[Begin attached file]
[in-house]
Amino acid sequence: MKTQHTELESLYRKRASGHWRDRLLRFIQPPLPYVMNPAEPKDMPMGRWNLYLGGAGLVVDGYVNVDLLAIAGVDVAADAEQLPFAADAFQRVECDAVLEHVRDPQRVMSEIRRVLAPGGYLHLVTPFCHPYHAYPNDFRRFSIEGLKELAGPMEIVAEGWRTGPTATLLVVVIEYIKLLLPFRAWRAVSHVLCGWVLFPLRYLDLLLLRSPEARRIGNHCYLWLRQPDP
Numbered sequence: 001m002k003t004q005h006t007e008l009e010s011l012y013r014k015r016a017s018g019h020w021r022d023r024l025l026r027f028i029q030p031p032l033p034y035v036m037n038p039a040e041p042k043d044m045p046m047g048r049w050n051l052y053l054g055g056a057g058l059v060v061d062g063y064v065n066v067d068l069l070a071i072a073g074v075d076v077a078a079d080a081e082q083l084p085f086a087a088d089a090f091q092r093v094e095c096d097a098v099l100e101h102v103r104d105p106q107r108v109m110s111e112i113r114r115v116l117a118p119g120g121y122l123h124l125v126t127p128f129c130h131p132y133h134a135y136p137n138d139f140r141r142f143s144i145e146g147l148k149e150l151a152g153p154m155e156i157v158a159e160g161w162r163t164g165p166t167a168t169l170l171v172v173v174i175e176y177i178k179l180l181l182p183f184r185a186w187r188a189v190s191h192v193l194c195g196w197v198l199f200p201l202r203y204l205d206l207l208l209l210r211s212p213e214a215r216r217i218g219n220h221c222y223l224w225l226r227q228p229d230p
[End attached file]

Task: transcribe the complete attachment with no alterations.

[in-house]
Amino acid sequence: MKTQHTELESLYRKRASGHWRDRLLRFIQPPLPYVMNPAEPKDMPMGRWNLYLGGAGLVVDGYVNVDLLAIAGVDVAADAEQLPFAADAFQRVECDAVLEHVRDPQRVMSEIRRVLAPGGYLHLVTPFCHPYHAYPNDFRRFSIEGLKELAGPMEIVAEGWRTGPTATLLVVVIEYIKLLLPFRAWRAVSHVLCGWVLFPLRYLDLLLLRSPEARRIGNHCYLWLRQPDP
Numbered sequence: 001m002k003t004q005h006t007e008l009e010s011l012y013r014k015r016a017s018g019h020w021r022d023r024l025l026r027f028i029q030p031p032l033p034y035v036m037n038p039a040e041p042k043d044m045p046m047g048r049w050n051l052y053l054g055g056a057g058l059v060v061d062g063y064v065n066v067d068l069l070a071i072a073g074v075d076v077a078a079d080a081e082q083l084p085f086a087a088d089a090f091q092r093v094e095c096d097a098v099l100e101h102v103r104d105p106q107r108v109m110s111e112i113r114r115v116l117a118p119g120g121y122l123h124l125v126t127p128f129c130h131p132y133h134a135y136p137n138d139f140r141r142f143s144i145e146g147l148k149e150l151a152g153p154m155e156i157v158a159e160g161w162r163t164g165p166t167a168t169l170l171v172v173v174i175e176y177i178k179l180l181l182p183f184r185a186w187r188a189v190s191h192v193l194c195g196w197v198l199f200p201l202r203y204l205d206l207l208l209l210r211s212p213e214a215r216r217i218g219n220h221c222y223l224w225l226r227q228p229d230p